- The cat has been drooling for how long? There is undoubtedly a substantial reason why it hasn’t stopped if it has. To clean the cat, think about using a cloth or paper towel. If your cat is drooling and its general health is deteriorating, take it to the doctor.
- In general, how is the cat doing? – The issue might not be serious if the cat is alert and in good health. If the cat is lethargic, breathing quickly, or breathing weakly, drooling is frequently a sign of a dangerous ailment. If the drooling continues, you shouldn’t disregard this.
Look inside the cat’s mouth.
As you can see from the list above, there are numerous causes of drooling, but the bulk of them are related to the mouth. You can find out a lot about what happened by looking at the cat’s lips because they contain a lot of important details.
- Start by examining the lips while you do your research. Keep an eye out for discomfort, fur loss, bites, scratches, rashes, and any unusual signs like swollen lips or the appearance of blood. Lip lesions are a common complication of oral cavity trauma.
- Gently open the cat’s mouth and examine it, wiping away any saliva. Keep an eye out for growths, lesions, and foreign bodies. If you notice any blood in the cat’s mouth, you must take it to the veterinarian.
- Gently palpate the cat’s jaw to check for cracks or lumps. The cat’s tongue should serve as a warning sign that it is unable to close its mouth. Palpate till you reach the temporomandibular joint. Look to see if the area is tender or swollen. Please understand that issues with the temporomandibular joint and jaw fractures are medical emergencies since they prevent the cat from ingesting food and drink. If you notice anything odd in this area, it’s crucial to consult your veterinarian.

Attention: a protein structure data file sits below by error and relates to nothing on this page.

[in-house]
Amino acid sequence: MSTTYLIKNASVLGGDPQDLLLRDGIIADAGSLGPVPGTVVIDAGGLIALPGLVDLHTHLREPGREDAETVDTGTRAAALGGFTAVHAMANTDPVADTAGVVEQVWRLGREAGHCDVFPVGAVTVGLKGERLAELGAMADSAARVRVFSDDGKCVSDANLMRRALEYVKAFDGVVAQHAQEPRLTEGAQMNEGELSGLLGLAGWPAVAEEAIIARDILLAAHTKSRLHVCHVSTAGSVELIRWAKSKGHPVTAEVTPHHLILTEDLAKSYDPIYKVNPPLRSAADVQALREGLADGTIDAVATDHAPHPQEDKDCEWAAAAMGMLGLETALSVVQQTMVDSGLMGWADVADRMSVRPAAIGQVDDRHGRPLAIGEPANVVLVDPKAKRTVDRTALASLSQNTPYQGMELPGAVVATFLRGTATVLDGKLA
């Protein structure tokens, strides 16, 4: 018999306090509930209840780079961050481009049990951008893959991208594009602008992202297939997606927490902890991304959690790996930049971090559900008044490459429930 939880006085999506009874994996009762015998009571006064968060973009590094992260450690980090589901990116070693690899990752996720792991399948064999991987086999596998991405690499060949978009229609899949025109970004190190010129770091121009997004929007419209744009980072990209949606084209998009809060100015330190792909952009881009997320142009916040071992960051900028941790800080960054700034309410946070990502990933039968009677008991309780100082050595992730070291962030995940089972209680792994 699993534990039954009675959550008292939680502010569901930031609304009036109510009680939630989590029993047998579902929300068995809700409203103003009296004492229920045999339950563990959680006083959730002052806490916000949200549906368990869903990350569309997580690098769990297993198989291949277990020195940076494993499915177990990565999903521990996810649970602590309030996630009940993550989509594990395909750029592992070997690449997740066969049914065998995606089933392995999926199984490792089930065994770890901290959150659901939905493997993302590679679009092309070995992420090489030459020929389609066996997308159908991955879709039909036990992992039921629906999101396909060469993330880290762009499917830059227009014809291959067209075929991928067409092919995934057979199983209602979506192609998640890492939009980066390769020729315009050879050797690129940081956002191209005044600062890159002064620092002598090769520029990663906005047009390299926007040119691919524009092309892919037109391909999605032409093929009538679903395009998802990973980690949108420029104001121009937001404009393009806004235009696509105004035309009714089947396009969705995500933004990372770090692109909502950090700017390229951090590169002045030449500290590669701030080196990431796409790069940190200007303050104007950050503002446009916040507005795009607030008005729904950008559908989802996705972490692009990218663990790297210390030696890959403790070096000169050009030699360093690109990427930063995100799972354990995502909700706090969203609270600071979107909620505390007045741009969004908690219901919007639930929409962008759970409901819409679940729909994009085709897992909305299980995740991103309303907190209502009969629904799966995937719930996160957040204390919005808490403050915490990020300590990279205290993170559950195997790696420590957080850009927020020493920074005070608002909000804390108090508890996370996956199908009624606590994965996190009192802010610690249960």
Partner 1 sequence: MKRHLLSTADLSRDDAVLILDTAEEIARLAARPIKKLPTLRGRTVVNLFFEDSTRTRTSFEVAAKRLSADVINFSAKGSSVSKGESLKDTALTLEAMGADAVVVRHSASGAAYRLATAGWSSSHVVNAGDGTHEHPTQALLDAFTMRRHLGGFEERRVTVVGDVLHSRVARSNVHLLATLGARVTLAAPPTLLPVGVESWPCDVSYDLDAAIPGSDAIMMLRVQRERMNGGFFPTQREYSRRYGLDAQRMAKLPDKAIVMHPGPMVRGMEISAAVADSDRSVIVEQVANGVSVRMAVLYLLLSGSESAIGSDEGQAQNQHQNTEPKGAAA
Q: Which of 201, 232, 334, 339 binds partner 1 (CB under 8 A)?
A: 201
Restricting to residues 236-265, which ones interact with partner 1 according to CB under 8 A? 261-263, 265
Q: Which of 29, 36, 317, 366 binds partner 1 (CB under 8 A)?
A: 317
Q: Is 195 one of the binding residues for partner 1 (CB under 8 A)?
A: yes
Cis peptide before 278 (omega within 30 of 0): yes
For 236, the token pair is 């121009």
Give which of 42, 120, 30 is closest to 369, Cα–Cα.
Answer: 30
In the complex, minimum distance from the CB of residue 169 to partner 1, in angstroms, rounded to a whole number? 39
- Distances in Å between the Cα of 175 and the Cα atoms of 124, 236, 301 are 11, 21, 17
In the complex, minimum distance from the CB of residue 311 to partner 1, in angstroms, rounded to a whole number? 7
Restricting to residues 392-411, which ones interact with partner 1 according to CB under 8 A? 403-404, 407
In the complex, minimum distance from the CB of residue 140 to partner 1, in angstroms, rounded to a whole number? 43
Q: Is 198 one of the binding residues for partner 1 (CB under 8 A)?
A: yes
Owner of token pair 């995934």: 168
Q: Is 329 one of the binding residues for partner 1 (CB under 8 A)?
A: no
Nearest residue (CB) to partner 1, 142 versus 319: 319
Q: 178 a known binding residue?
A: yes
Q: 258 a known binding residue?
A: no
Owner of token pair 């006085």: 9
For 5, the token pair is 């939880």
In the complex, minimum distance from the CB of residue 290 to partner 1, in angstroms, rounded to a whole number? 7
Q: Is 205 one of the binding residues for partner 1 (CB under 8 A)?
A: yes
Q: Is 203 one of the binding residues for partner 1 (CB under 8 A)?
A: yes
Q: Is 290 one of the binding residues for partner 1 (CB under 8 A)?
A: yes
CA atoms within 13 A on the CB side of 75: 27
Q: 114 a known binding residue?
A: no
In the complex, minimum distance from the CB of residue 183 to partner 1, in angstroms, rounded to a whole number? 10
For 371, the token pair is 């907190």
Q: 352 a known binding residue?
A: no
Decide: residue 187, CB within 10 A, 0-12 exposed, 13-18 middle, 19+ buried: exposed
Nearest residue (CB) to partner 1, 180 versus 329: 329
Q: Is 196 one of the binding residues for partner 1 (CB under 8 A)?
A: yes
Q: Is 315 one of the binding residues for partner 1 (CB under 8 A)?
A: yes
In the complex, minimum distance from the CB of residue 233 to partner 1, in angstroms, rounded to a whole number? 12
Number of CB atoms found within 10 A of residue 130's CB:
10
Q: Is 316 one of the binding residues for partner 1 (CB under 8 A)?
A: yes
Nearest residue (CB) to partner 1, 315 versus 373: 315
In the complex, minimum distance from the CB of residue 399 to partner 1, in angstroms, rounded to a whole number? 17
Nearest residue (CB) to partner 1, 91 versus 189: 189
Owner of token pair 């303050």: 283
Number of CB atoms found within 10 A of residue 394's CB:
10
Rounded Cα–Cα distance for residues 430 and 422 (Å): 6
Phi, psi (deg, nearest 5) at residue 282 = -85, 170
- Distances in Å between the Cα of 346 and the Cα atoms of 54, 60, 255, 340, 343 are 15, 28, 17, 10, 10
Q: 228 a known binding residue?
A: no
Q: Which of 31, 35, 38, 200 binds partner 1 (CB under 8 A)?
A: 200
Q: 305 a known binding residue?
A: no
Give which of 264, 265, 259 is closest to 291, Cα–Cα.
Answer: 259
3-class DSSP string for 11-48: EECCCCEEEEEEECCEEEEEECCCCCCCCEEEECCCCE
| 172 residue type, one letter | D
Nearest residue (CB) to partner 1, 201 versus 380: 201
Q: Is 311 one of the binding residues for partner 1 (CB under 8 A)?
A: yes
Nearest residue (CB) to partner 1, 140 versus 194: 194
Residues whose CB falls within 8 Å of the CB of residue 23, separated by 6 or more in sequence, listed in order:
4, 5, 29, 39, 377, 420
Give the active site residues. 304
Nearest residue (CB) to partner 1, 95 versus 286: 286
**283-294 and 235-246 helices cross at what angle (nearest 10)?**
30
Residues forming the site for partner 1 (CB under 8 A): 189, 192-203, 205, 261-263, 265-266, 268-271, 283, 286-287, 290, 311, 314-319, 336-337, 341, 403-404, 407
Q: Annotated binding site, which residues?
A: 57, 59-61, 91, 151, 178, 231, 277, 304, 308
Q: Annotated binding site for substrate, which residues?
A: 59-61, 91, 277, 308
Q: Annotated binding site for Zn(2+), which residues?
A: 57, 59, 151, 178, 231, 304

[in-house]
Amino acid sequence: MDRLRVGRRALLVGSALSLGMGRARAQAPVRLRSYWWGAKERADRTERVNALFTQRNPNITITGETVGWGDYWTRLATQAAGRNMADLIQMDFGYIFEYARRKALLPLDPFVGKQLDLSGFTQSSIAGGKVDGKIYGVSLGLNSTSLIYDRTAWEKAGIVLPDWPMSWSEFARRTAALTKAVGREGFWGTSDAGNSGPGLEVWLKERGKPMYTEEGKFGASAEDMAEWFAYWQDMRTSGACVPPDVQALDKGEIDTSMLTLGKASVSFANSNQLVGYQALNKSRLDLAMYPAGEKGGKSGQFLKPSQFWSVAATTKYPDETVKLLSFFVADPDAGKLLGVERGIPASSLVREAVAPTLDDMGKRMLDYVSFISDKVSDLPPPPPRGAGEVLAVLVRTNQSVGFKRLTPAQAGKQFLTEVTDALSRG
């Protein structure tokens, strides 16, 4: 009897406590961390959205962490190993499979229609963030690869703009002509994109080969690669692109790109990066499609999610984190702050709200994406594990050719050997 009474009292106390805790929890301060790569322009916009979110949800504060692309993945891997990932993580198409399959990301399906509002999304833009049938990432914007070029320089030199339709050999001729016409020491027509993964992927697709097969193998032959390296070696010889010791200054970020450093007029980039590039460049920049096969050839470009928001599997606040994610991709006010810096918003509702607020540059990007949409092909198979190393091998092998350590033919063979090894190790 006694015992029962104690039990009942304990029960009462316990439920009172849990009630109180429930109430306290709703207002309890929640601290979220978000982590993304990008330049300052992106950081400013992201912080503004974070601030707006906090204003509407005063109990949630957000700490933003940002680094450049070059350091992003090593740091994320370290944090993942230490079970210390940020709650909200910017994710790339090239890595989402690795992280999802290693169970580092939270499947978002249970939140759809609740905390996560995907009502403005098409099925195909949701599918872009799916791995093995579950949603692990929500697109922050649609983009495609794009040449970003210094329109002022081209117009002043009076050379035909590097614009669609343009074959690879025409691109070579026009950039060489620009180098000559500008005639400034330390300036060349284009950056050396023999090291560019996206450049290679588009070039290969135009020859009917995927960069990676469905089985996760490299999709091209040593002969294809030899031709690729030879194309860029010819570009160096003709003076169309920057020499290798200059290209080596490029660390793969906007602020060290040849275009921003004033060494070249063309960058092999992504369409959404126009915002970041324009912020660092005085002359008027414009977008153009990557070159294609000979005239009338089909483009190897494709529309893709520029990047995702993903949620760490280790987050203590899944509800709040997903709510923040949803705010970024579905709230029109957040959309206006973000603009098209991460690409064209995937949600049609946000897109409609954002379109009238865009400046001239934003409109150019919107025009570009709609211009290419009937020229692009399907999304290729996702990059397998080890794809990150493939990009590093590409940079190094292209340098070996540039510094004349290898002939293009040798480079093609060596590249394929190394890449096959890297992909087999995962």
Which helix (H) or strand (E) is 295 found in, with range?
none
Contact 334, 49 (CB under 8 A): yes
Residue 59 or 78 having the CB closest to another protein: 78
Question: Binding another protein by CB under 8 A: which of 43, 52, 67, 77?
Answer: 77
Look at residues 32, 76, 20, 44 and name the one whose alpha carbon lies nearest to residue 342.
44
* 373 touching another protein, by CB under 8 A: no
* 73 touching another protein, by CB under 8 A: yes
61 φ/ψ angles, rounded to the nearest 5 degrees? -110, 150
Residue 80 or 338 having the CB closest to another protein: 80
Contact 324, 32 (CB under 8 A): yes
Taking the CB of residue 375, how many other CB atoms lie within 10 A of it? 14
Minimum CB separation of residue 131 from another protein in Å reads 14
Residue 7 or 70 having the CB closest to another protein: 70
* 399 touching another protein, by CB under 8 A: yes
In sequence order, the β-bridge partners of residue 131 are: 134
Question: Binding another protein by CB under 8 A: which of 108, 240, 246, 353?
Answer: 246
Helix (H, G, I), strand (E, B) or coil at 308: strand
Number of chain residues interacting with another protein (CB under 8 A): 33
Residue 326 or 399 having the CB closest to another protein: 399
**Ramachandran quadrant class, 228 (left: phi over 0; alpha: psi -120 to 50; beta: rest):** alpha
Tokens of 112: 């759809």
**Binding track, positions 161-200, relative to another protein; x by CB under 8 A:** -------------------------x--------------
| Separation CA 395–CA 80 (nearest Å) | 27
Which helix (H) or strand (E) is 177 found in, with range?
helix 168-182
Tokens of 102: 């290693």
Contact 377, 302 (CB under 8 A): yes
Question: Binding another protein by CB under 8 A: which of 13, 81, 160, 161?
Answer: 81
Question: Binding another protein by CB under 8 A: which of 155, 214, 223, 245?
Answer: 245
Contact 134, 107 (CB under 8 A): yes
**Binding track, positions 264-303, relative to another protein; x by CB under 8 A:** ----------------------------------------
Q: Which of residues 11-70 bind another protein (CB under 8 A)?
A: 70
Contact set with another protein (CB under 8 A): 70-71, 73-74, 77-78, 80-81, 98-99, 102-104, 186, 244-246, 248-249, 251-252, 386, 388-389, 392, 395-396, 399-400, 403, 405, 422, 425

- Examine the cat’s gums by gently pushing up its upper lips. Their original hue is light pink. If you see that the gums are white, reddish, or yellow, speak with your veterinarian. Additionally, you ought to report any gum lesions you come across. Don’t forget to walk down to the lowest level and scan the entire back. Remove the cat’s lower lip and inspect the gums.
- Look for lesions, tartar, cavities, or inflammations of the gums that surround the teeth when inspecting the teeth. Watch out for teeth that are loose or fractured. Remember that the cat may become irritated since dental issues are often painful. If you notice any dental problems, you should take your cat to a veterinarian who specializes in dentistry. After taking a tiny quantity of anti-parasitic medication, the cat starts to drool. If you see that the cat’s tongue is either paper white or dark red, or if you discover any cuts, scratches, or other lesions, you should take the cat to the doctor because this is a delicate area.
Have you ever seen your cat drooling? When it happened, what did you do? Did you figure out what was making her drool? Please provide a thorough description in the comments section below.